Friday, September 18, 2009

The Shack

Another book review!

I just finished reading "The Shack" by William Paul Young. From my understanding it's a fairly controversial book right now because some Christians are endorsing it while others are condemning it. So I thought I'd read it for myself.

So if you haven't gotten the chance to read it yet (or even if you have)here's what I thought. SPOILER WARNING: If you are anticipating reading it soon and don't want to know what happens, then don't read this, because I'm planning on giving the entire plot.

The story is about Mack and his family, his wife and 5 children. It's kind of a book in two sections. The first section is the part of the story that tells what has shaped Mack's thinking up to the point where he meets God at the shack. The second half of the book is where Mack gets a greater understanding of God's love and his thinking is changed.

I didn't enjoy the first part of the book as I found it a little hard to get into. It tells the story of how Mack's father, although externally religious and a church elder, was a closet drunkard and beat his wife and son and how Mack had run away from home at age 13 and harbored serious bitterness toward God because of his father. Then came the story of the "Great Sadness." Mack's family was camping in Oregon and his 6-old daughter was kidnapped and brually murdered. They tracked her killer to a "shack" out in the wilderness. Four years later Mack is still bitter and his family is still struggling with the loss of Missy.

Then Mack gets a note from "Papa" (his wife's affectionate name for God): "It's been a while. I've missed you. I'll be at the shack next weekend if you want to get together."

So he heads to the shack where Missy was taken to confront whatever he will find there. When he arrives he is met by "God" in three persons: Papa (an affectionate black woman), Jesus (the carpenter), and Sarayu (a wispy Asian woman). This is where it gets a little weird. Obviously it's a work of fiction and not a work of theology, although theologically God could manifest Himself however He needed to at the time. And really how DO we as finite humans understand the Trinity? I believe what the author is trying to convey here is that Mack needed God to manifest His love for him. Along the lines of "why do bad things happen to good people," Mack did not believe that God loved him and really knew what was best for him. By the affectionate greeting of Papa, Mack was stunned that God really cared for him and was not like his own father. Now whether we agree that God would manifest himself as a woman is debatable, but He could, I suppose, if that's what it would take for Mack to comprehend His love. (And later on after Mack forgives his father Papa does manifest himself as a man.) This book does not delve into the balance of wrath versus love and instead focuses on God's love, which in 248 pages still can only just skim the surface. And this book does not cover how sinful we are or how undeserving we are or what we face apart from God, it just focuses on how much God loves of us. Now of course we want to read everything through the filter of the Word of God. Not everything in this book may line up with how we may understand the Trinity to work, but I thought that it was actually fairly theologically sound for trying to split the Trinity up into three fictional people and how they might relate to each other. It's not something we'll ever truly understand until we get to heaven. And I think he's also pointing out that Mack had a lot of preconceived notions when it came to God that weren't Biblical.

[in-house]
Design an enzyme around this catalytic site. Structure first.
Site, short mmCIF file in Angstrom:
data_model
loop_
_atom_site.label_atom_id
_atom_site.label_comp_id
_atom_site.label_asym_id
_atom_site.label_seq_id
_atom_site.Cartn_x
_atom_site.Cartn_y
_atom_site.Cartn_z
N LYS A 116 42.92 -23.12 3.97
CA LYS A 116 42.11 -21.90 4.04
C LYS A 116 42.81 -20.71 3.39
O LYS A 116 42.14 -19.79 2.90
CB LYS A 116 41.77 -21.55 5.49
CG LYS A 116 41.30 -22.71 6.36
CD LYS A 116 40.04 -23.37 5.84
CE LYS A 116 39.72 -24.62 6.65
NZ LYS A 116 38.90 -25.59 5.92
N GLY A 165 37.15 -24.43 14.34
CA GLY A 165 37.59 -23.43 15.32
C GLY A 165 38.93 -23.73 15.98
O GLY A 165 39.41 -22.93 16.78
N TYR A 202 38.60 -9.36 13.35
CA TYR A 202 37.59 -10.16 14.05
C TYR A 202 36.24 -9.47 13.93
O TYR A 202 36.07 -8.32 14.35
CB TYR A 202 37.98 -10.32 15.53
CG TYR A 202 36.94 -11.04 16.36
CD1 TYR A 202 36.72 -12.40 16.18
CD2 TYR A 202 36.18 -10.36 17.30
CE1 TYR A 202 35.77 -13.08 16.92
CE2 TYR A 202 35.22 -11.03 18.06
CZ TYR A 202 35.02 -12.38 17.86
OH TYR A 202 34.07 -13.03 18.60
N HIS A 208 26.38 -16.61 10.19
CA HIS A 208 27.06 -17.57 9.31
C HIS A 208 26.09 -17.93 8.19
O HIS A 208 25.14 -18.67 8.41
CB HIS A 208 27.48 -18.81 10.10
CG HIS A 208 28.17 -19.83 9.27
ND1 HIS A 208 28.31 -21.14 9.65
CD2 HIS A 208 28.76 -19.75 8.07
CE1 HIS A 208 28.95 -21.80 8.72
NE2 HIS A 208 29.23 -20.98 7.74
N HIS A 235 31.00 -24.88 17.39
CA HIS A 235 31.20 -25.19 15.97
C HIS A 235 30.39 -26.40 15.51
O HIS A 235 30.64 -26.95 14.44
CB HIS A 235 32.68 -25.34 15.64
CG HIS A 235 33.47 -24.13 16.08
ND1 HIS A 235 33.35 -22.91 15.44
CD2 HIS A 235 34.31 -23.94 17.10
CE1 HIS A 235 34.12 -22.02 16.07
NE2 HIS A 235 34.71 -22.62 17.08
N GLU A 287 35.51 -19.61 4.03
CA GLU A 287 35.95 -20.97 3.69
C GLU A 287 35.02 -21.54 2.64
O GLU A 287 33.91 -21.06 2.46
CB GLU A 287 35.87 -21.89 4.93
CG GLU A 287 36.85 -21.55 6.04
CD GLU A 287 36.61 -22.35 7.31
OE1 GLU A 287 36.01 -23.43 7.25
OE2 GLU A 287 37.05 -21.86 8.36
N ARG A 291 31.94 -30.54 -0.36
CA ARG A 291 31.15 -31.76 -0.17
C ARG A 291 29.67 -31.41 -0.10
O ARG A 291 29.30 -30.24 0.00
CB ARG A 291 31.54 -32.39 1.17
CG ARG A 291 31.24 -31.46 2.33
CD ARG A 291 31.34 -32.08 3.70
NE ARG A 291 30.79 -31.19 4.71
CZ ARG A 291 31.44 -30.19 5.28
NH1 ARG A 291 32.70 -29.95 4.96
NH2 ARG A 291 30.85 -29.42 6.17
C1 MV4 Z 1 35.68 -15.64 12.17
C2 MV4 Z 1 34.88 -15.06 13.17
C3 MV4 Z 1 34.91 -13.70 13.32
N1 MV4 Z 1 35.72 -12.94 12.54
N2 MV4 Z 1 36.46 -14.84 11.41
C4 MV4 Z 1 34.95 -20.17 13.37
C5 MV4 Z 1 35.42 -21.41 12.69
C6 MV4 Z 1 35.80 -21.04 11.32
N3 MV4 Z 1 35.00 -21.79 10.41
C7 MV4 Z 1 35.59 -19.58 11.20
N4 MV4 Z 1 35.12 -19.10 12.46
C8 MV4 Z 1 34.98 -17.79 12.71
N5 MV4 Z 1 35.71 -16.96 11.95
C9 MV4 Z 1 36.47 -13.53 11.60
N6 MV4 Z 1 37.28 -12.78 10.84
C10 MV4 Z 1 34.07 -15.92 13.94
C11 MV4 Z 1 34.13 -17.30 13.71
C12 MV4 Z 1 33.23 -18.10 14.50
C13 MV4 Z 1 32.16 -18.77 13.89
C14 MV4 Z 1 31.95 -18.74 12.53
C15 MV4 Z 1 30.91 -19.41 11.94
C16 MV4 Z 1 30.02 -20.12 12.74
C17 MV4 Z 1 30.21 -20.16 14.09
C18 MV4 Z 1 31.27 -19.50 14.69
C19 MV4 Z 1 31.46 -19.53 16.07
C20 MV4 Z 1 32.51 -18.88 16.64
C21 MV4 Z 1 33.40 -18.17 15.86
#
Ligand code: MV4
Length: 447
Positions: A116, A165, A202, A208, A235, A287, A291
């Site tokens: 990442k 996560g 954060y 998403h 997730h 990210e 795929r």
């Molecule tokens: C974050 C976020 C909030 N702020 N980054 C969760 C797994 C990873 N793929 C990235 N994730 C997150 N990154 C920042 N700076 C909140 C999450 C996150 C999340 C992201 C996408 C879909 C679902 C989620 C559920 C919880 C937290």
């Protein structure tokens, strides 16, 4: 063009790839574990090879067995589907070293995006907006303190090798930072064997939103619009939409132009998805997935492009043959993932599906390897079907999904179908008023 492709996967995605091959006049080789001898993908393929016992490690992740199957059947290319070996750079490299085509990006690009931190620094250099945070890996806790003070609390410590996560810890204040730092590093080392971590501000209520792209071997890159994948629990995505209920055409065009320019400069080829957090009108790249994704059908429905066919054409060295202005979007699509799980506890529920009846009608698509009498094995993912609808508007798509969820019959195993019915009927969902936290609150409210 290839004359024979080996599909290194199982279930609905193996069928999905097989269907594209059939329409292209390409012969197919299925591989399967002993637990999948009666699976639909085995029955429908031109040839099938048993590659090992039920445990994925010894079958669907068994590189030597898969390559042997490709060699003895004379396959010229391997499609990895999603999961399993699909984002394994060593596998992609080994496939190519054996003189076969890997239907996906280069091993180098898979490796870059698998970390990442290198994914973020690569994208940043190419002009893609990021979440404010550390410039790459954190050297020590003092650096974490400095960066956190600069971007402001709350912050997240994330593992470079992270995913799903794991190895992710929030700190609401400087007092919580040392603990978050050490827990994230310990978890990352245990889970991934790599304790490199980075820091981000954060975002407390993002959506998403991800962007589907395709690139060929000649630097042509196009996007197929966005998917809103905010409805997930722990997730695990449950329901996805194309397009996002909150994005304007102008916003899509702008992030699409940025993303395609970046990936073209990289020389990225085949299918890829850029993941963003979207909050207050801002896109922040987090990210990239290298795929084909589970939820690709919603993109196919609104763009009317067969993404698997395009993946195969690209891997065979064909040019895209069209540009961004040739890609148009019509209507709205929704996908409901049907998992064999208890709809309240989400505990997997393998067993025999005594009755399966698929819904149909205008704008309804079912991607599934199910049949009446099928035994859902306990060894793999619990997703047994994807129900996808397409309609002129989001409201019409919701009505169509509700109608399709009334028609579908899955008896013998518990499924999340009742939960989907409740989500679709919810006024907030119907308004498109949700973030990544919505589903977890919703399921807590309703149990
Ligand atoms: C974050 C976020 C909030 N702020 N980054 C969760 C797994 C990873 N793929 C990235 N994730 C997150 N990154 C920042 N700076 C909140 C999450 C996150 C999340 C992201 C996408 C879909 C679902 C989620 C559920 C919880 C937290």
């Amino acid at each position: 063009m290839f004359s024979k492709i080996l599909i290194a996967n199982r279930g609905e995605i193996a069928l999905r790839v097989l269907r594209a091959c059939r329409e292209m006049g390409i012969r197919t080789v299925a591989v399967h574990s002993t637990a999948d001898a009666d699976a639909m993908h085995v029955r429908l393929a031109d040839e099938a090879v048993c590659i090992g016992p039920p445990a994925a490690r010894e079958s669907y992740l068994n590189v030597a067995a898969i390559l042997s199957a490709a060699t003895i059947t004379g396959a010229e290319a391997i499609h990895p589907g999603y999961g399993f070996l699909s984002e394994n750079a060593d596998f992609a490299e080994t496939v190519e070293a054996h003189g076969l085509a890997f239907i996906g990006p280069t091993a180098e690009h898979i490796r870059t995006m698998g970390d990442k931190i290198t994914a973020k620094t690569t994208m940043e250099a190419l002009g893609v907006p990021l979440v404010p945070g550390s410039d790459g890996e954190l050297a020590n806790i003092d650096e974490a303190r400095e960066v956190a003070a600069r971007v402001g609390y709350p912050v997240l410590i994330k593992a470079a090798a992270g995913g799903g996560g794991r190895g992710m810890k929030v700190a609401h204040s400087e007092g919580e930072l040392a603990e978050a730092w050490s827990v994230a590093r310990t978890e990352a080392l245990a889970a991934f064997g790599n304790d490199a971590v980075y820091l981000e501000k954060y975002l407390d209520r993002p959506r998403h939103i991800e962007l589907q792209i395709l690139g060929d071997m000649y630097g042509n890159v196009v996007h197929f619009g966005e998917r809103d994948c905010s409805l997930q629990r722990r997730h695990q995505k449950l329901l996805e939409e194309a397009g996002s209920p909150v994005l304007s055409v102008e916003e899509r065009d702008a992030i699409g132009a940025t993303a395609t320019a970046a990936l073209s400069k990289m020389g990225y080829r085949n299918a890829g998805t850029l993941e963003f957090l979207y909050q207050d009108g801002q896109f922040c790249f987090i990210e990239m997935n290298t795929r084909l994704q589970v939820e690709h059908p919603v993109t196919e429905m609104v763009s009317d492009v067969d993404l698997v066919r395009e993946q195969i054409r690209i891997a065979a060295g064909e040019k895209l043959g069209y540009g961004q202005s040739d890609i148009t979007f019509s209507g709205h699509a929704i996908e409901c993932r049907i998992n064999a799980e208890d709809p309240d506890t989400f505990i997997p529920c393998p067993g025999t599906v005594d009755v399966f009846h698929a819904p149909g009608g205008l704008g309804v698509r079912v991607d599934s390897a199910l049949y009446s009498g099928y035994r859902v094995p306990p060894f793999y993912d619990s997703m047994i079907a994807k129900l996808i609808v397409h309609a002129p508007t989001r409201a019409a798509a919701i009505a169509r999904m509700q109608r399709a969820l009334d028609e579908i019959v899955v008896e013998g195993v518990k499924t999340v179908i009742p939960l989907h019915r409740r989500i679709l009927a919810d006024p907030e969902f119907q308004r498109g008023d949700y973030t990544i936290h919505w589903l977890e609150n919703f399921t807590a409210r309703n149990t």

Some sentences I wasn't sure were accurate: "Papa: 'There's no easy answer that will take your pain away. Believe me, If I had one, I'd use it now.'" (p. 92) I didn't like that sentence because it makes it sound as if God is not omnipotent.
(p. 96) "Regardless of what [Jesus] felt at that moment [on the cross], I never left Him." I don't know. I always thought there was some sort of separation there, but can God separate from Himself?
(p. 96) "He found his way through it [the cross] to put Himself completely into my hands." I don't know; it just sounds a little touchy-feely to me.

But there were parts of it that I really liked. Sarayu (the Holy Spirit) was the garden tender and Mack thought her garden looked like a mess. But it only looked like a mess when you were in it; it was really a "fractal" (from above it had a pattern to it). Our lives might look like messes to us but God is really in control of it all. We don't understand what God is doing--and that's why He is God and we are not! God does love us and wants what's best for us--or maybe not what's best for us but what is best for His purpose and plan to be complete--which is conforming us to the image of His Son. And just as Mack was a dynamic character, learning to forgive his father and even the man who had murdered Misy and trust God's wisdom, we can learn to trust God and believe in his great love for us.

So depending on where you are in your spiritual journey, this book COULD help you understand God's love (or His "special fondness") for you a tiny bit better, if you are in a place where you need to hear it.

But don't let books take the place of the only one True and Living Word in which there is no error!